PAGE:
7.8 Learning as Refining the Hypothesis Space

7.8.1 Version-Space Learning

Rather than enumerating all of the hypotheses, the set of elements of consistent with all of the examples can be found more efficiently by imposing some structure on the hypothesis space.

Hypothesis h1 is a more general hypothesis than hypothesis h2 if h2 implies h1. In this case, h2 is a more specific hypothesis than h1. Any hypothesis is both more general than itself and more specific than itself.

Example 7.29.

The hypothesis ¬academicmusic is more specific than music and is also more specific than ¬academic. Thus, music is more general than ¬academicmusic. The most general hypothesis is true. The most specific hypothesis is false.

The “more general than” relation forms a partial ordering over the hypothesis space. The version-space algorithm that follows exploits this partial ordering to search for hypotheses that are consistent with the training examples.

Given hypothesis space and examples E, the version space is the subset of that is consistent with the examples.

The general boundary of a version space, G, is the set of maximally general members of the version space (i.e., those members of the version space such that no other element of the version space is more general). The specific boundary of a version space, S, is the set of maximally specific members of the version space.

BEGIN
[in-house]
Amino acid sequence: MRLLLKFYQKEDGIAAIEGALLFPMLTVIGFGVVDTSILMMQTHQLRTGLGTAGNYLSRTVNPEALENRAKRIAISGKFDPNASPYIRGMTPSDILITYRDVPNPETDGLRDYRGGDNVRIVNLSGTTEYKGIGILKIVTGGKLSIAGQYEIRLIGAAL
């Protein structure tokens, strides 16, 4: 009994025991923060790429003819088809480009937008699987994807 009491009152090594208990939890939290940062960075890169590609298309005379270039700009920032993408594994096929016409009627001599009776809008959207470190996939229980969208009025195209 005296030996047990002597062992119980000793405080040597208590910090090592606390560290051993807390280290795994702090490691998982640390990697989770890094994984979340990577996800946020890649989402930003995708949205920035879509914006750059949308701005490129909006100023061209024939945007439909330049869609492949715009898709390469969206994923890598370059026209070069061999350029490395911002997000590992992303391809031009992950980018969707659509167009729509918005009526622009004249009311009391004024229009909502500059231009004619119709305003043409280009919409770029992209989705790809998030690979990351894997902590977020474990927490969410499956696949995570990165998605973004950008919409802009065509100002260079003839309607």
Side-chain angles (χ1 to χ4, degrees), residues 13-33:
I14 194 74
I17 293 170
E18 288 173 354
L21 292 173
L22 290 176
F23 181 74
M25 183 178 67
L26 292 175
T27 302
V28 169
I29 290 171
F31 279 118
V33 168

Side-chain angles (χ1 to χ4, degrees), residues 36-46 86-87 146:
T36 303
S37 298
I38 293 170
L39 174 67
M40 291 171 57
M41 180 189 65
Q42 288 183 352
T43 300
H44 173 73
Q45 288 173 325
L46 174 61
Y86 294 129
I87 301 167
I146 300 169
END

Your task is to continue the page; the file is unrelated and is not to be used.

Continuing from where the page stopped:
These concepts are useful because the general boundary and the specific boundary completely determine the version space, as shown by the following proposition.

Proposition 7.2.

The version space is the set of hH such that h is more general than an element of S and more specific than an element of G.

Candidate Elimination Learner

The candidate elimination learner incrementally builds the version space given a hypothesis space and a set E of examples. The examples are added one by one; each example possibly shrinks the version space by removing the hypotheses that are inconsistent with the example. The candidate elimination algorithm does this by updating the general and/or the specific boundary for each new example. This is described in Figure 7.21.

1:procedure Candidate_elimination_learner(Xs,Y,Es,)
2:      Inputs
3:            Xs: set of input features, Xs={X1,,Xn}
4:            Y: Boolean target feature
5:            Es: set of examples from which to learn
6:            : hypothesis space